DoE / Taguchi





Interactions - a surface plot view

The effect of an interaction can be clearly seen by plotting the model equation on a 3D surface plot.  If we have a model of the type:

                                                            y = K + a1C + a2T

- i.e. no interaction term - then the resulting surface plot would be of the following form:


Here, y is the yield, C is the % concentration and T is the temperature.  We can see that, as we increase both C and T, the yield also increases.  We can also see that the increase in the yield for a given increase in T is independent of the value of C.  This gives the parallel straight lines on the surface which describe yield vs. temperature (T).  The practical outcome of this is that we would be correct to choose the high values of both C and T to obtain the maximum yield.

If, however, we have a model equation of the type:

                                                                     y = K + a1C + a2T + a3CT

- i.e. there is an interaction term (CT) - then the surface plot could look completely different, depending on the size of the interaction.  From a practical perspective, the worst case would be where the interaction is large and negative, which would give a surface plot of the following form:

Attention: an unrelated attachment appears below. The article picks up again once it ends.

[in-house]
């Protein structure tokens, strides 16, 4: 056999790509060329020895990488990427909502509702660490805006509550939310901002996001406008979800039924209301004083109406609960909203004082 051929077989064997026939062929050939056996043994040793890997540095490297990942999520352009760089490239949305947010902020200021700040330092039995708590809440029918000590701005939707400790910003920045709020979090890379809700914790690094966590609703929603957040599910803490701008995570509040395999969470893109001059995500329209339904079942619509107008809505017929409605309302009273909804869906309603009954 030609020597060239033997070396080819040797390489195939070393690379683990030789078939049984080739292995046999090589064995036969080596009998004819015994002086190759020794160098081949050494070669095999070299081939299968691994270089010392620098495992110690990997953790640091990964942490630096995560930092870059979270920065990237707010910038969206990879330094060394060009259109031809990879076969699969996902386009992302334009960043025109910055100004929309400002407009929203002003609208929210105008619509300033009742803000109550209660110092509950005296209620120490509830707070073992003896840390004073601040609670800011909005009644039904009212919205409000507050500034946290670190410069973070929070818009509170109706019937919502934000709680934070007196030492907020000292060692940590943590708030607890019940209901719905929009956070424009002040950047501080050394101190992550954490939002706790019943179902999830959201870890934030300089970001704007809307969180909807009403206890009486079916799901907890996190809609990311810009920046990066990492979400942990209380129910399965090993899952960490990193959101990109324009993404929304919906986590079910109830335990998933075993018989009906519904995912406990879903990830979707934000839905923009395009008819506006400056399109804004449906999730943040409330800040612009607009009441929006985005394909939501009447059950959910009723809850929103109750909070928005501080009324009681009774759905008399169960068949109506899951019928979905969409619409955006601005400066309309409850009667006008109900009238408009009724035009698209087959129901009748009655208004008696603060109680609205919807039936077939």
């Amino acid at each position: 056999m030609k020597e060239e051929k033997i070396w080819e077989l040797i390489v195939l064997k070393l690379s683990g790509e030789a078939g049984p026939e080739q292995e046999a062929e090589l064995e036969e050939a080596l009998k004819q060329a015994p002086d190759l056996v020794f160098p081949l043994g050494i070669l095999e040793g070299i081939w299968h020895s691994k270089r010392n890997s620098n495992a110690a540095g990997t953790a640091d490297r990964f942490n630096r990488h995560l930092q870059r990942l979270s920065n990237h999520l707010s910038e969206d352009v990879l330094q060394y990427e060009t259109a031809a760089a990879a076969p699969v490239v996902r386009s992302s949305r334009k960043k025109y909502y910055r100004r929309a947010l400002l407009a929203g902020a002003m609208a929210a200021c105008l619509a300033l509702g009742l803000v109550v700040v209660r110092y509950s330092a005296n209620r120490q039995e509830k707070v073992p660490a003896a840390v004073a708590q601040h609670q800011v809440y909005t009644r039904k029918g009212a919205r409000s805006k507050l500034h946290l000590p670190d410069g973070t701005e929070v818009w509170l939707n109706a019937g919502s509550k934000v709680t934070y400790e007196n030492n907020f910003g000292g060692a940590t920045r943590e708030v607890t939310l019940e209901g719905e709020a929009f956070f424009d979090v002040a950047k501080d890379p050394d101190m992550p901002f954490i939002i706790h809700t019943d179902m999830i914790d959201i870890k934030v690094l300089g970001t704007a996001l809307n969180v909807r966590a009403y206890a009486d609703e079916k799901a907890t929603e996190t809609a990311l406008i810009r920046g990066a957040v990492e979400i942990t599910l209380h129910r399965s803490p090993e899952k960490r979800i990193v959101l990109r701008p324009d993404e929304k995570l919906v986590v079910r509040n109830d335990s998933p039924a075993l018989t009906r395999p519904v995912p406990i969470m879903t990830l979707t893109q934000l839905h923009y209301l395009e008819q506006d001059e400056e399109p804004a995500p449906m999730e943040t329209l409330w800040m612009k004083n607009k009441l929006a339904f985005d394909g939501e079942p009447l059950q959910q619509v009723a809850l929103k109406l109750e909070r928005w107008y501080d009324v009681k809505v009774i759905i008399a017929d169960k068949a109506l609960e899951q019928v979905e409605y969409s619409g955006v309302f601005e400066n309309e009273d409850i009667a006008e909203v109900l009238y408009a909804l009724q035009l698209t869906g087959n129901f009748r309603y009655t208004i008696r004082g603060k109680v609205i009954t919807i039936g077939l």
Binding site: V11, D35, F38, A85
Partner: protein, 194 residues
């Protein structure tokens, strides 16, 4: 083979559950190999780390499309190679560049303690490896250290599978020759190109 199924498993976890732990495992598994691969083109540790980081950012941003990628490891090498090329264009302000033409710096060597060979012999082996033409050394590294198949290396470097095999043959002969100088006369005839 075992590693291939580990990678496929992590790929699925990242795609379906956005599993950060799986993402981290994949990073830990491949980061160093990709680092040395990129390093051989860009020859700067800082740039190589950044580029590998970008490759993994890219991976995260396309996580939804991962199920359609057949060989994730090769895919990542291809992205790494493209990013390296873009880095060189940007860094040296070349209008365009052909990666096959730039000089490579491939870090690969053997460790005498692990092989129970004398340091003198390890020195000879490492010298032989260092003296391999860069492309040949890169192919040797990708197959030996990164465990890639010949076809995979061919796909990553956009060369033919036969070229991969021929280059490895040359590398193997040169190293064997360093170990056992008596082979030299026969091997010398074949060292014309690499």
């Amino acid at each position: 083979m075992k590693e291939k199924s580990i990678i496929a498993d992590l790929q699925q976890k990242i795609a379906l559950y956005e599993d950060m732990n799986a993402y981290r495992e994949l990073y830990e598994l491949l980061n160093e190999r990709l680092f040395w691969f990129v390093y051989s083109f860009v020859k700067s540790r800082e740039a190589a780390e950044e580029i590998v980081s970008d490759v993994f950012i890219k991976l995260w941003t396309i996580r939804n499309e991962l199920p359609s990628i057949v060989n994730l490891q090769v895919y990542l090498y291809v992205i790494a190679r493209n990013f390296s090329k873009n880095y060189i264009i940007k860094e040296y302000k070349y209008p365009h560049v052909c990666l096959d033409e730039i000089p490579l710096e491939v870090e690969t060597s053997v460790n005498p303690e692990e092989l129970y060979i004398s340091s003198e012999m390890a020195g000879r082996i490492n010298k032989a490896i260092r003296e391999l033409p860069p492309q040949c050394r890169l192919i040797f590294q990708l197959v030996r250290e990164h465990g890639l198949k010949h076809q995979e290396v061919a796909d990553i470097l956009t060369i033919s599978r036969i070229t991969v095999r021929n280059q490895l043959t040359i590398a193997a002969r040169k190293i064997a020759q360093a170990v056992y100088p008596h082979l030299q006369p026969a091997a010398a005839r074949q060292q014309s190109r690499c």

Here we can see that the expected yield has been significantly reduced at the high values of C and T.  If the interaction is large enough then the yield could actually be pushed lower. 

From the above plot we can see that the optimum operating point is actually where T is high, but C is low.

Detecting the presence of such an interaction is difficult enough with 2 factors: as the number of factors increases it becomes impossible without the use of DoE methods.